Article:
Well, going through the list of Doctor Who stories that are available on DVD, and I’ve decided to write up my own “Recommended” list. For this list, I’m going to suggest one story per Doctor from the classic series.
So let’s get started. My recommendations are after the jump!
First Doctor (William Hartnell) – The Dalek Invasion of Earth
While the Daleks had first been seen in the second Doctor Who serial (called either The Daleks or The Mutants), it is in this story that the Daleks first truly come into their own. This story is not without its share of problems (at six episodes, it has its fair share of padding, and the Slyther seems completely pointless), but it’s a very enjoyable story all the same. This movie was adapted to color movie form with Daleks – Invasion Earth 2150 AD, but I shy away from actually recommending those films, as they’re not connected with the show in any way.
But, for what it is, Dalek Invasion of Earth is an enjoyable story. It’s definitely a must-have for anyone collecting Doctor Who DVDs.
Second Doctor (Patrick Troughton) – The Tomb of the Cybermen
Selecting just one story for each Doctor is never an easy task, but it’s somewhat easier with the Patrick Troughton, rather unfortunately. You see, not many stories survive in their entirety from Troughton’s time as the Doctor. A good number of stories from the Hartnell era also suffer the same fate, but Troughton’s time suffered greatly, with only about seven stories remaining in their entirety.
Anyway, among those that do survive, Tomb of the Cybermen is one of my favorites. The Cybermen, who had many stories in the Troughton era, make for a great story in this outing. Aspects of the story definitely feel dated, but, overall, the story still works. Among all the Cybermen stories from the classic series, this one is perhaps my favorite.
And while not that many complete stories with Troughton survive, this story gives a good sense of what kind of Doctor Patrick Troughton played. After watching this, you’ll realize what a shame it is that we don’t have more complete stories from the Second Doctor era.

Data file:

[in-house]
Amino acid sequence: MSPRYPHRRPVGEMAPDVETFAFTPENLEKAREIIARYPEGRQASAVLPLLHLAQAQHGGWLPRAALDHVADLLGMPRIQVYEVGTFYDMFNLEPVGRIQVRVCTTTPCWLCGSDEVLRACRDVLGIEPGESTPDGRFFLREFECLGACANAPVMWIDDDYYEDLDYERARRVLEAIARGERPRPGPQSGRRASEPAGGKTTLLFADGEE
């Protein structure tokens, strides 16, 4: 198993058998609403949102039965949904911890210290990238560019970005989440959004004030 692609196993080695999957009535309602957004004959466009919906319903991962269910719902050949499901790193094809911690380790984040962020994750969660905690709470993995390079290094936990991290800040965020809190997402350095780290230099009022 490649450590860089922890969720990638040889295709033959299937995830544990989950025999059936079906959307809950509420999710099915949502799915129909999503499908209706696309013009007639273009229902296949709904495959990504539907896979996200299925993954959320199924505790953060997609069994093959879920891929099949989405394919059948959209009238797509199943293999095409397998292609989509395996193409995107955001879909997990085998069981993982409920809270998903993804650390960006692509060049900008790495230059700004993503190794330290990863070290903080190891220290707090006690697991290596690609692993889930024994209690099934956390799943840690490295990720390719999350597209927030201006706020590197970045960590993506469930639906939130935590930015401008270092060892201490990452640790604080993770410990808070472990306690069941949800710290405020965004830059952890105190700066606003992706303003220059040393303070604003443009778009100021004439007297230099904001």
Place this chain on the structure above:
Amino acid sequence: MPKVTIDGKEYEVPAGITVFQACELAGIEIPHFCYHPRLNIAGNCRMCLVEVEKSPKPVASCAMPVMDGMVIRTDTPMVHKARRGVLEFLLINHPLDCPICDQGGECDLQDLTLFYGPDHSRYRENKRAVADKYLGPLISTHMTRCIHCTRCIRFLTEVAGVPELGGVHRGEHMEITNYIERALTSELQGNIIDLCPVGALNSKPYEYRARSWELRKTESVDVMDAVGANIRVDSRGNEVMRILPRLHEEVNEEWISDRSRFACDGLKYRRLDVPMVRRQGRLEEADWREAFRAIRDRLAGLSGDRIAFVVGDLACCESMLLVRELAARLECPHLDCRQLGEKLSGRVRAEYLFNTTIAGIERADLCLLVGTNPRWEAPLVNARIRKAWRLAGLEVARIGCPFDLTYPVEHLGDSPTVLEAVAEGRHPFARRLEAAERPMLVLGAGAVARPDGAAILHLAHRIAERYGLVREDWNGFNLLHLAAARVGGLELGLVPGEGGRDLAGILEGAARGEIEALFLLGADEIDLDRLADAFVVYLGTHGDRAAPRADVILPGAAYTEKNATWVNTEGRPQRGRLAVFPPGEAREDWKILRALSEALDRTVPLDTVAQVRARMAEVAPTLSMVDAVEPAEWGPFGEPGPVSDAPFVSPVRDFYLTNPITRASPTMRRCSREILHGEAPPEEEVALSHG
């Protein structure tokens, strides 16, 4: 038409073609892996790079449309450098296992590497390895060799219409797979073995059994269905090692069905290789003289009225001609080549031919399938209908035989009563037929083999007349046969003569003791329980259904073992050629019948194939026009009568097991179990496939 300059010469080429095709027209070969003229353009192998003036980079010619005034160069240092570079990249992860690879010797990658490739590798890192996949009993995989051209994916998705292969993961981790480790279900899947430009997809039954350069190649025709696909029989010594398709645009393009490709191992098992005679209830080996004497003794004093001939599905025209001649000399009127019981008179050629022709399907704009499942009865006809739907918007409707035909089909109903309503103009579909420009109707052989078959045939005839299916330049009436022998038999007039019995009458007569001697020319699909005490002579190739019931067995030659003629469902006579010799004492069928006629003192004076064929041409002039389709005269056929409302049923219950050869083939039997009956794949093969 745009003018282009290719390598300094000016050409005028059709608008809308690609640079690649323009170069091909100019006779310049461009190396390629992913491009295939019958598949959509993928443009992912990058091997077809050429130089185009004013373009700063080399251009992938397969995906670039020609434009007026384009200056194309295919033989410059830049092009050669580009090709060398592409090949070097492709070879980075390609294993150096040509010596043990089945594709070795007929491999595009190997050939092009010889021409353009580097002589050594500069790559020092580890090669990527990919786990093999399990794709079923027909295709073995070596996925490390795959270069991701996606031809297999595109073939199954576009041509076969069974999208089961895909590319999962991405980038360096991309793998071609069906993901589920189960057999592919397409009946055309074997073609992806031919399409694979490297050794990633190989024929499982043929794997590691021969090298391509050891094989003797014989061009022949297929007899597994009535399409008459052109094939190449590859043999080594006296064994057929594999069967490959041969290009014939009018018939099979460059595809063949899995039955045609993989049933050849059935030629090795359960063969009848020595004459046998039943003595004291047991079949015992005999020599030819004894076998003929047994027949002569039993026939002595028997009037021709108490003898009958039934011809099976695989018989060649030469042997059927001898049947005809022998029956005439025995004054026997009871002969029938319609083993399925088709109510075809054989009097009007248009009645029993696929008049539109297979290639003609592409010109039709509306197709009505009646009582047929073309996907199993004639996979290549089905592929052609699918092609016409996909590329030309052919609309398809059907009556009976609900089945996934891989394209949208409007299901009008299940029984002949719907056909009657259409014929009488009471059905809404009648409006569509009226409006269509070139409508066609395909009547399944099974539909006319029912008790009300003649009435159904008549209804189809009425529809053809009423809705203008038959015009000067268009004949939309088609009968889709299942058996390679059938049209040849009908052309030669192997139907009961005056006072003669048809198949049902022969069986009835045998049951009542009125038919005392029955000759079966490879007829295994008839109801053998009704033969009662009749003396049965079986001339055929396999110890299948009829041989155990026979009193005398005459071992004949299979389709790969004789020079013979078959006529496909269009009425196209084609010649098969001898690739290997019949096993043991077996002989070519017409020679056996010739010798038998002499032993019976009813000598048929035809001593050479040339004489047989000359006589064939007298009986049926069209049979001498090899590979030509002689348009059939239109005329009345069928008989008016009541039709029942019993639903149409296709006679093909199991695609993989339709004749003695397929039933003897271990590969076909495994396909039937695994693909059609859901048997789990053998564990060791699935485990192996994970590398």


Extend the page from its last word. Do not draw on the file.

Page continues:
Third Doctor (Jon Pertwee) – Inferno
I’ll go ahead and admit it: I haven’t seen all that many stories from the Pertwee years. But, from what I have seen, Inferno ranks as one of my favorites. It’s interesting to note that, throughout the entirety of the classic series, this is the only one that deals with alternate universes (at least, this is the only story I can think of that does, at this point).
Anyway, if you want to get a feel for how Jon Pertwee played the Doctor, this story is a great example. And as a Doctor Who story, this is very well written.
Fourth Doctor (Tom Baker) City of Death
Oh, Tom Baker, choosing a single story from your era is so very difficult. You’re my favorite Doctor from the classic series and, besides that, you were the Doctor for so long that choosing just one story is made even more difficult. But I’ll choose one.
I could’ve taken the easy way out with this and chosen Genesis of the Daleks (which is an excellent, must-see story), but I thought I’d play hard mode and not choose that story.
Instead what I chose is a fantastic story from later on in the Fourth Doctor years. Written by Douglas Adams, City of Death has the Doctor and Romana in Paris (well, mainly in Paris) in pursuit of someone who is planning on stealing the Mona Lisa from the Louvre.
Tom Baker and Lalla Ward are on form in this story, from start to finish. The two had great chemistry as Doctor and companion, and that really shows in this story.
This story has its own unique feel, with all the on-location filming, and never feels slow. As I said earlier, this was written by Douglas Adams, and if you’re a fan, you’ll find a lot of inside jokes in this story. Also, watch for a cameo by John Cleese and Eleanor Bron towards the end of the story.